Is Ronald too old school?
Clown struggles with relevance amid changing market
NEW YORK – Ronald McDonald is having a midlife crisis.
His floppy shoes, painted-on smile and flaming-red hair may be a harder sell to today’s kids who are trading in their dolls and trucks for manicures and mobile game apps at ever younger ages. He also seems out of step with McDonald’s Corp.’s new efforts to appeal to adults. The 48-year-old spokesclown has fallen flat in new ads this year, according to Ace Metrix, a group that tracks TV advertising.
And the government is getting strict on marketing unhealthy food to children. That has both marginalized Ronald as more of a mascot than a product pitchman and landed him in the middle of the bigger debate about food makers’ responsibilities in stemming the rise in childhood obesity.
McDonald’s says it is proud of the food it offers and that Ronald teaches children to be active.
Critics say it’s time to hang up the yellow jumper.
A group called Corporate Accountability International plans to ask Ronald to retire at the company’s annual meeting on Thursday. They say Ronald encourages kids to eat junk food, contributing to a rise in childhood obesity and related diseases such as diabetes.
The group, which campaigned against the Joe Camel cigarette mascot in the ‘90s and complained about Ronald as a role model at McDonald’s annual meeting last year, has stepped up its campaign. The group has taken out full-page ads Wednesday in the Chicago Sun-Times, New York Metro and four other papers to call for his head. The ads, signed by more than 550 health groups and professionals, carry the headline, “Doctors’ Orders: Stop Marketing Junk Food To Kids.”
What follows is an open letter to McDonald’s CEO Jim Skinner, that says in part, “We ask that you heed our concern and retire your marketing promotions for food high in salt, fat, sugar, and calories to children, whatever form they take – from Ronald McDonald to toy giveaways.”
McDonald’s defended Ronald against the group’s attack at last year’s annual meeting and is adamant that it has never considered retiring or even downplaying their smiling mascot.
“It’s totally unfounded,” said Marlena Peleo-Lazar, the company’s chief creative officer, who describes Ronald as “a force for good.”
Ronald, the world’s most famous clown, had humble beginnings with a paper-cup nose and scraggly blonde wig. First played by Willard Scott in 1963, he dispensed burgers and fries to delighted children and flew around on a magic hamburger. “Goofy and clumsy” is the way McDonald’s describes the early incarnations.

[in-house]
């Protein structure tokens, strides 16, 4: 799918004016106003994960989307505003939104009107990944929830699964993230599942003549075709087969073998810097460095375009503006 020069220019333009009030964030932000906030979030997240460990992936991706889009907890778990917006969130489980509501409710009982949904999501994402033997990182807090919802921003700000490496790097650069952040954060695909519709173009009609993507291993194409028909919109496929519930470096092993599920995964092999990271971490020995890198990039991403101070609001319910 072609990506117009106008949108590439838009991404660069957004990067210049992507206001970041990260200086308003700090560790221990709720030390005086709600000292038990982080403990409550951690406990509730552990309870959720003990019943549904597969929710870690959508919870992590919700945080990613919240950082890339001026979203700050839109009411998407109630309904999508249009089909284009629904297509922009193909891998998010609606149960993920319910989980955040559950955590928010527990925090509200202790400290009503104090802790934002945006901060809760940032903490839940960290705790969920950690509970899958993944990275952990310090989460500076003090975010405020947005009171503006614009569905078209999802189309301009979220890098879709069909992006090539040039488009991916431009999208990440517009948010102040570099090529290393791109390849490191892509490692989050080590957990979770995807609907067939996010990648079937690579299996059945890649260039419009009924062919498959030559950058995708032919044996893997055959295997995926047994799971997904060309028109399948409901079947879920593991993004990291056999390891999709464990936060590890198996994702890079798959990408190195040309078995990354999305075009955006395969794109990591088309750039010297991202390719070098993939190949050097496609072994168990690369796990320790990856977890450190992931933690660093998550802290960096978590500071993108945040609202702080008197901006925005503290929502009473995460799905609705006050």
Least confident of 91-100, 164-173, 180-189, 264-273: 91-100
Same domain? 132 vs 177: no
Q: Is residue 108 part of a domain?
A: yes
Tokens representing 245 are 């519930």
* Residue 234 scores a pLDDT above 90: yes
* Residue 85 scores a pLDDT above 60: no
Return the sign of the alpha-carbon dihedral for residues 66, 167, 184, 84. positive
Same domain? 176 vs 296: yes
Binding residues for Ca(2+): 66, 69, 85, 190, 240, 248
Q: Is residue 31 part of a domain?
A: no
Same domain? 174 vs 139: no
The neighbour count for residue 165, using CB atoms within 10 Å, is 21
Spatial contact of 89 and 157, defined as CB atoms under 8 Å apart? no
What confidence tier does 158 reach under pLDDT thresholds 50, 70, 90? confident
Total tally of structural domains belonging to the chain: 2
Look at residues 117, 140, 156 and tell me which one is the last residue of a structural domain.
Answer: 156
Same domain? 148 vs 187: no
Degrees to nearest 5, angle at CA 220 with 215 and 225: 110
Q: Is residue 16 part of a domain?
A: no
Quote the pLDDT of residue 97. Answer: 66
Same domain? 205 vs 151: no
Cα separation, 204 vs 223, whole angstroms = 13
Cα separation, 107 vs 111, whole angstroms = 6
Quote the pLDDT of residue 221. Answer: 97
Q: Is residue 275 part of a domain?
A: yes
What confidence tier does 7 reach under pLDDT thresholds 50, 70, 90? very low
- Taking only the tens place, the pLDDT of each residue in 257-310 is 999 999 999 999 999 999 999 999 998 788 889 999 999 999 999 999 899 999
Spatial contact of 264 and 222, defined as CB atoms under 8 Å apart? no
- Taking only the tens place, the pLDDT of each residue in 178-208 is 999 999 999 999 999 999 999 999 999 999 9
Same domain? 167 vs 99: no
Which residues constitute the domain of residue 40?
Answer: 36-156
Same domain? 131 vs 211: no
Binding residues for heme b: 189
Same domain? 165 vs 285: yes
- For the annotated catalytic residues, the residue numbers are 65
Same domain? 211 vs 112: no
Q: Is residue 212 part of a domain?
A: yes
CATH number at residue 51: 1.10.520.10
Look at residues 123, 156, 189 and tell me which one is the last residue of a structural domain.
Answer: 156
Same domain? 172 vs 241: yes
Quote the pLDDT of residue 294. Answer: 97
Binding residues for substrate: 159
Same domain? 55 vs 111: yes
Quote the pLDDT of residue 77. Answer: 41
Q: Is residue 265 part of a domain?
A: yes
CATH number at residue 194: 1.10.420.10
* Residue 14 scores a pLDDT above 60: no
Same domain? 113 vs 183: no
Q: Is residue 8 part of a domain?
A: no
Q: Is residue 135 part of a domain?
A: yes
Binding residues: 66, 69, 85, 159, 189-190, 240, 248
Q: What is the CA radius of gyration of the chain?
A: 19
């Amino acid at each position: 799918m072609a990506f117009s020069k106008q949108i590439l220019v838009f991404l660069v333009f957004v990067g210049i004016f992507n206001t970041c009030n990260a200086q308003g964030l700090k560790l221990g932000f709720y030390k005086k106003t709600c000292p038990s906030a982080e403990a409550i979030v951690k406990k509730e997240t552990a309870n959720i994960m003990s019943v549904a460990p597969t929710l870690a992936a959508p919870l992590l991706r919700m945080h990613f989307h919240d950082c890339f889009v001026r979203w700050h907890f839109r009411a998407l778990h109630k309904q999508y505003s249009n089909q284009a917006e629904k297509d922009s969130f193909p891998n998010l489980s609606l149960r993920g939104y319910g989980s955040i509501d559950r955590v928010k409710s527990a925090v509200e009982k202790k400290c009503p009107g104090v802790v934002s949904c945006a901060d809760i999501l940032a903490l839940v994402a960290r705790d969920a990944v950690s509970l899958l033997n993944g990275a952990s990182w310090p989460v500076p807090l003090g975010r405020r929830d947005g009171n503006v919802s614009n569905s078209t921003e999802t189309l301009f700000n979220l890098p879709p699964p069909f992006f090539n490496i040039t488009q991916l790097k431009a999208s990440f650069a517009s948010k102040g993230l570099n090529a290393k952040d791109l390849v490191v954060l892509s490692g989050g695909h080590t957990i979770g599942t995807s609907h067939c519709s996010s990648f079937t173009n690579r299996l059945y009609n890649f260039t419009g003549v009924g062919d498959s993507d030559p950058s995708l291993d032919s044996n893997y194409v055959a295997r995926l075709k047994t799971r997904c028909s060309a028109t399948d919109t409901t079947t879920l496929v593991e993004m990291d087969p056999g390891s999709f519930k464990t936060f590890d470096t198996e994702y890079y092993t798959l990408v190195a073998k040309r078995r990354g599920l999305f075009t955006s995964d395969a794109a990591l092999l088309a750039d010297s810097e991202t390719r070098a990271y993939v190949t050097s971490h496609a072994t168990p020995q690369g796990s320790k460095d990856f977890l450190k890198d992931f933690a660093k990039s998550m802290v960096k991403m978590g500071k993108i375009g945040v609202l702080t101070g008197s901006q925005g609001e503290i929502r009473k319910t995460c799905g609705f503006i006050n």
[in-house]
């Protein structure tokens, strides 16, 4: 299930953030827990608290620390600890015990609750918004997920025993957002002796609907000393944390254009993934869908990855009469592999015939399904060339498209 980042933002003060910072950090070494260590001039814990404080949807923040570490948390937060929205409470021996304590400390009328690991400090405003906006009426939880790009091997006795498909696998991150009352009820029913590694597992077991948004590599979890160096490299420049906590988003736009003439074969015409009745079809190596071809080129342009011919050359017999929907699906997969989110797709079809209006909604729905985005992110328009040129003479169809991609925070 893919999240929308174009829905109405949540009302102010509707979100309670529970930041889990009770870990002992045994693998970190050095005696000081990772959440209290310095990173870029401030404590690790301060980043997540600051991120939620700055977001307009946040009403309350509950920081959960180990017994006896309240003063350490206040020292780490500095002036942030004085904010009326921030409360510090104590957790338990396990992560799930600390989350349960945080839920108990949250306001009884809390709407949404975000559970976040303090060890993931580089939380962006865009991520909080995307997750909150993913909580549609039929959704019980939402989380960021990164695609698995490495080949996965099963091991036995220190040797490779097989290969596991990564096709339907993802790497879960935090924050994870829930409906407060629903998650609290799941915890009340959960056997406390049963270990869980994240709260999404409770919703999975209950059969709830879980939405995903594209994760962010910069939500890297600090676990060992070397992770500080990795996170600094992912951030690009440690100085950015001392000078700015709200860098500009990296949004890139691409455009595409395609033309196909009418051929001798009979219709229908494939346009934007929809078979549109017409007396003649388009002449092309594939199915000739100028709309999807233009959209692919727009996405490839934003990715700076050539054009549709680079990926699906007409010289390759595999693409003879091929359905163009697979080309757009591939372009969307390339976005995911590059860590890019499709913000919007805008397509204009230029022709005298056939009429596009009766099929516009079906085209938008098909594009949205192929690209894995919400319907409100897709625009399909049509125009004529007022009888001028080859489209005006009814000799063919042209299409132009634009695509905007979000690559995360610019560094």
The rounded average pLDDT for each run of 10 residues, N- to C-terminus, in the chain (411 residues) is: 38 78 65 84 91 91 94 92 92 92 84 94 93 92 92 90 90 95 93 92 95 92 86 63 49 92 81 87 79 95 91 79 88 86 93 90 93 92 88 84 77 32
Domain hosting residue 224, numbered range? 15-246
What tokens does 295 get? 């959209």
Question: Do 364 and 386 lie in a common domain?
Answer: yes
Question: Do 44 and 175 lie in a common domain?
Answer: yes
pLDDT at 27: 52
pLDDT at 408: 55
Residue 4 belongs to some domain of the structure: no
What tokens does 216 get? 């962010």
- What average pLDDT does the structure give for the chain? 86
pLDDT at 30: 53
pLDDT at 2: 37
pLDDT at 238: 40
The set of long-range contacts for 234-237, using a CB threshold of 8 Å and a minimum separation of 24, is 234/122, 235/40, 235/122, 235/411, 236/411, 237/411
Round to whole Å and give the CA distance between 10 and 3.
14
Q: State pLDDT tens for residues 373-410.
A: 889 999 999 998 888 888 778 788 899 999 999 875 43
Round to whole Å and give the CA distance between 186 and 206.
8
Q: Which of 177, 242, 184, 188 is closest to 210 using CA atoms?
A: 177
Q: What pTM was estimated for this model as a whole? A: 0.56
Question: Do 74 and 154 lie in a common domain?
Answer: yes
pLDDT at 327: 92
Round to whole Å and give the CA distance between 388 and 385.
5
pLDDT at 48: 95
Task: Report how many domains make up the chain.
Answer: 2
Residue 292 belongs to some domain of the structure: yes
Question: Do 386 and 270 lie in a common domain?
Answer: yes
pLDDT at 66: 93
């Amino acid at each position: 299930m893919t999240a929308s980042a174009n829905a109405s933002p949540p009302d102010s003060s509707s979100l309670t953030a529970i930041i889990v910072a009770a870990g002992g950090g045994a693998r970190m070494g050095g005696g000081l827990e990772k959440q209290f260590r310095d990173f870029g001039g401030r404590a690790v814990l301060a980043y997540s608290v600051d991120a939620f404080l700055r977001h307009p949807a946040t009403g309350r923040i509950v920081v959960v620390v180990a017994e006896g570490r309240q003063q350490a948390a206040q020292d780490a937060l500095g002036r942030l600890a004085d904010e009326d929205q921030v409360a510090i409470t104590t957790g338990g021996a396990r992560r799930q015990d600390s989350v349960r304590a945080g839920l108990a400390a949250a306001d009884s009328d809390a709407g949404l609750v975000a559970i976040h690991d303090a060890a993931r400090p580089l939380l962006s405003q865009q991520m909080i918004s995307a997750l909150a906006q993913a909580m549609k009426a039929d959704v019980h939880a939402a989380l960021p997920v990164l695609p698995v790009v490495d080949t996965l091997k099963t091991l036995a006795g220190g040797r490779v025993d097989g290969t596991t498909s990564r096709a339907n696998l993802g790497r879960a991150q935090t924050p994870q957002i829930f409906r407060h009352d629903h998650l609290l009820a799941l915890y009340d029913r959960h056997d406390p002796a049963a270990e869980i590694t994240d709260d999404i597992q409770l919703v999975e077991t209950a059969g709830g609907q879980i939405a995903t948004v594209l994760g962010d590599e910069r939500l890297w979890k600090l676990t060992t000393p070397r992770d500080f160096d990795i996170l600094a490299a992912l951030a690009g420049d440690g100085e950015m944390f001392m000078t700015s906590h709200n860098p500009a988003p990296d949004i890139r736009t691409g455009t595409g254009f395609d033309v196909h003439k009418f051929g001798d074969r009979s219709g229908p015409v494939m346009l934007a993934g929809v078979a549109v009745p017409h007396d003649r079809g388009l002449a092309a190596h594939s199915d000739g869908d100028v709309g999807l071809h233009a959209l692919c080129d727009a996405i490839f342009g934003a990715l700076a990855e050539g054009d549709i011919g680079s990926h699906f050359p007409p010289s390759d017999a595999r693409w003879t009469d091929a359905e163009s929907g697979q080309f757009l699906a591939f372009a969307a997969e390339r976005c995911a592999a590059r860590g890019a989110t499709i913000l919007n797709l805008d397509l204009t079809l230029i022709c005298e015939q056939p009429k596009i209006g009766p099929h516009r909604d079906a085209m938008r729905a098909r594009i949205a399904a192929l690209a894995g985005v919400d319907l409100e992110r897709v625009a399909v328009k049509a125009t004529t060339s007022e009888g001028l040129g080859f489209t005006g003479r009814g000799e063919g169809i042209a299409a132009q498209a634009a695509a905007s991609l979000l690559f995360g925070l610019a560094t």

A decade later McDonald’s created standards on makeup and mannerisms for Ronald, so the actors who portrayed him could present a united front. Around that time, they also created McDonaldLand, home to Grimace, Mayor McCheese and an array of other characters.
(McDonald’s, for the record, views Ronald as a real person. “There’s only one Ronald,” Peleo-Lazar said in response to several questions about how many actors portray the smiling clown.)
Around 2004, McDonald’s christened Ronald as a “balanced, active lifestyles ambassador,” and stuck him in commercials where he trained for the Olympics. He got workout clothes. He got a tuxedo. He moved from McDonaldLand into the real world. New commercials show him as an active, athletic clown who plays soccer, shoots hoops and encourages kids to visit McDonald’s Happymeal.com website. There’s barely a mention of burgers and fries.
While other clowns have faded, Ronald has endured. He’s been immortalized as a Beanie Baby, a bobblehead and a balloon in the Macy’s Thanksgiving parade. Even now, Zagat says he’s the most popular fast-food mascot, beating out Jared the Subway Guy.
“It would be tough to walk away from him,” said Nigel Hollis, whose company, Millward Brown Optimor, calculates that McDonald’s is the fourth-most valuable brand in the world. “It would be almost as if the Geico gecko disappeared, or the Aflac duck.”
But Jack McKee, vice president of sales and marketing at Ace Metrix, said new Ronald McDonald commercials have failed to entice test audiences. His company surveyed 500 people about each commercial, he said.
“It’s really remarkable how often I saw the word ‘creepy’” in the survey comments, McKee said.
Replies Peleo-Lazar: “For everyone who may feel that way, there are more who feel the opposite.”
Through the years, Ronald has also been the face of Ronald McDonald House Charities, which provides free or inexpensive housing for families who must travel to get medical treatment for a child. He still shows up as often as ever at camps for sick children and charity events.
Nick Guroff, a spokesman for Corporate Accountability International, said while that’s a worthwhile charity, “to use that as their excuse for marketing junk food to kids is sort of having their burger and eating it too.”
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